Patients in the present study were middle-aged men selected for having dyslipidemia and CAD as diagnosed by angiography.21 When initially evaluated, the severity of coronary artery stenosis was not significantly different among groups with different HL promoter genotypes, in agreement with similar previous observations.15 18 Their lipoprotein profiles showed interesting differences, however, suggesting that the presence of CAD in these patients may have been accounted for by the presence of different lipid risk factors. Specifically, higher HL activity, small, dense LDL particles, and lower HDL2-C levels characterized the atherogenic potential of the lipid profile in CC patients. Previous observations showed that high HL activity is indeed associated with smaller and denser LDL particles,7 8 as well as lower HDL2-C,9 and large epidemiological studies have demonstrated that both low HDL-C (and HDL2-C)25 and the presence of small, dense LDL10 11 are risk factors for CAD. Conversely, patients with the TT genotype had significantly higher LDL-C and apoB levels and developed CAD despite the presence of more buoyant, less atherogenic LDL and higher HDL2-C levels. Indeed, both LDL-C and apoB levels are strong independent risk factors for CAD2 3 4 5 6 and are not associated with HL activity levels.7
Our group recently reported that cholesterol-lowering therapy with an HMG-CoA reductase inhibitor or nicotinic acid in association with a resin not only affects lipoprotein levels (particularly LDL-C) but also significantly decreases plasma HL activity and increases LDL buoyancy.20 HL-mediated changes in LDL buoyancy strongly predicted CAD regression with therapy. Two concurrent and independent lipoprotein pathways accounting for drug-associated CAD regression were identified (Figure 3⇓): the well-known one leading to changes in LDL-C and apoB levels and the new pathway of HL-mediated improvements in LDL buoyancy.20 The present study was designed to investigate the genetic contribution to the HL-mediated pathway associated with CAD response to therapy. No significant association was seen between changes in LDL-C and apoB and changes in HL activity in this study. This observation, as well as previous data20 showing that a decrease in both plasma LDL-C and apoB levels with colestipol was associated with increased HL activity (opposite of what was seen in the present study), suggests that these 2 pathways may be at least partly independent of each other. Conversely, the present experimental design does not allow testing of the possibility that lipoprotein changes associated with drug-induced decrease in HL activity may also be beneficial if they were not associated with reduction in plasma concentration of atherogenic lipoprotein particles, and specific studies are needed to address this question.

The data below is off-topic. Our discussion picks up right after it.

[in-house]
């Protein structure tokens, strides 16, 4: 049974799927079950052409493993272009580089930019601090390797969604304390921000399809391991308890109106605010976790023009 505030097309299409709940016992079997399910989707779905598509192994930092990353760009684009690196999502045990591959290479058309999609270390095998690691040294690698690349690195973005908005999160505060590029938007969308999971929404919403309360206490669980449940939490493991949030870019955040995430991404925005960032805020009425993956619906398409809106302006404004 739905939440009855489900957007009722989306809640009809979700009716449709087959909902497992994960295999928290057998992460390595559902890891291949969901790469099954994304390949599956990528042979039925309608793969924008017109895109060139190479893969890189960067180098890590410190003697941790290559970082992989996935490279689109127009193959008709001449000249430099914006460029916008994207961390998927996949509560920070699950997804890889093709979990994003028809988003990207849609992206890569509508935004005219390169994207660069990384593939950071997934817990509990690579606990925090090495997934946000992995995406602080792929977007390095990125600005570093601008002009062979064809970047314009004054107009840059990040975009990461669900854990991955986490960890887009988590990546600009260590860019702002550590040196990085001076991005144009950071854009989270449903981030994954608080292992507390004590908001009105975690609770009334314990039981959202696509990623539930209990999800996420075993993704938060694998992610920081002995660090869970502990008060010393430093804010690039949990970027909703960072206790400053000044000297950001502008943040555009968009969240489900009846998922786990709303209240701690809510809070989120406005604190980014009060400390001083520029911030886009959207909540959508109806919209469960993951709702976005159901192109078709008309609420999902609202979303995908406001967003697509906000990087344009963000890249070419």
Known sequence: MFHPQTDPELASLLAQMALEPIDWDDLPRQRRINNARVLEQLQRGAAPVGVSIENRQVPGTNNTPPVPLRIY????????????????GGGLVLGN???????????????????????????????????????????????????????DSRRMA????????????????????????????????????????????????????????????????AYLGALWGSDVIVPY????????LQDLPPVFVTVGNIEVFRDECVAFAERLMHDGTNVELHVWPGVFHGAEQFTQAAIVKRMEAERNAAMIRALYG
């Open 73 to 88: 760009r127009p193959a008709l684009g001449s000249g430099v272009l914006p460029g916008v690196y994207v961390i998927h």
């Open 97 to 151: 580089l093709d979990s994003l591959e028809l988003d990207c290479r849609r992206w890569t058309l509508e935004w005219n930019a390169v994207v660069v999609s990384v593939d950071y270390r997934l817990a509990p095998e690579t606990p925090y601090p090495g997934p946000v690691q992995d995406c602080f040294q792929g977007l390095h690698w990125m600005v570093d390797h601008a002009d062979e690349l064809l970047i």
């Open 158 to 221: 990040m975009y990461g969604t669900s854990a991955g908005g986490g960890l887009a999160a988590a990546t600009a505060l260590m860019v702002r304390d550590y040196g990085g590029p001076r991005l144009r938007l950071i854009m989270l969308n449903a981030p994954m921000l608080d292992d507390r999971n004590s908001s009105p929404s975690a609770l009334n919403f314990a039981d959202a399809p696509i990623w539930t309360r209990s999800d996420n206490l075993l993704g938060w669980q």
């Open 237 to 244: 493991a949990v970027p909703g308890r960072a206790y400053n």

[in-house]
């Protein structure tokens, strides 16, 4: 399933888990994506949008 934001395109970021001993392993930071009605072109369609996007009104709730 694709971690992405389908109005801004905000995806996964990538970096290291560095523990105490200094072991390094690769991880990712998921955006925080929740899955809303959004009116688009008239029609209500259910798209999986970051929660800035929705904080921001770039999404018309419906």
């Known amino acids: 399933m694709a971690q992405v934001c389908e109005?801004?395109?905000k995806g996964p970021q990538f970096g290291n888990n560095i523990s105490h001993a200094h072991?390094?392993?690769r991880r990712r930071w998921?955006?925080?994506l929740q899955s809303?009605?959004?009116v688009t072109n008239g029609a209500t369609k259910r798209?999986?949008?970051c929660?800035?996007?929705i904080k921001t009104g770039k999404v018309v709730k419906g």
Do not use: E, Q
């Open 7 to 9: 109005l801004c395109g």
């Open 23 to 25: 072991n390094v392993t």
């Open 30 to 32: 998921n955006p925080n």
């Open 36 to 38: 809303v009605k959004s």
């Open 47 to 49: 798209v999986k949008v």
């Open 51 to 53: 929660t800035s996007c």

Previous observations demonstrated that HL activity, LDL buoyancy, and HDL2-C but not LDL-C or apoB levels are significantly associated with the −514 polymorphism of the HL gene promoter,13 14 15 16 18 making it an interesting candidate to study the contribution of genetic factors to individual susceptibility for CAD regression. Our data indeed demonstrated that this polymorphism had no significant impact on the lipoprotein pathway leading to changes in LDL-C and apoB levels (Figure 3⇑). HL genotype strongly influenced the LDL buoyancy–mediated pathway, however, promoting CAD regression (Figure 3⇑). Patients with the CC genotype, in addition to improving LDL-C and apoB concentrations, normalized their HDL2-C levels and LDL buoyancy, which characterized the atherogenic potential of their lipid profile at baseline (ie, small, dense, atherogenic LDL and low HDL2-C). The greater magnitude of the increase in LDL buoyancy and HDL2-C (as percentage of baseline value) was accounted for by a greater decrease, with treatment, in HL activity among CC patients compared with both TC and TT subjects. A shift toward larger and more buoyant LDL particles reduces their atherogenic potential because of diminished susceptibility to oxidative modification26 in the subendothelial space, which triggers the sequence of inflammatory responses believed to be crucial for lipid accumulation and plaque destabilization in the atherosclerotic process.27 In addition, normalization of HDL2-C levels is consistent with a more efficient reverse cholesterol transport, a key pathway to reduce CAD risk and progression.28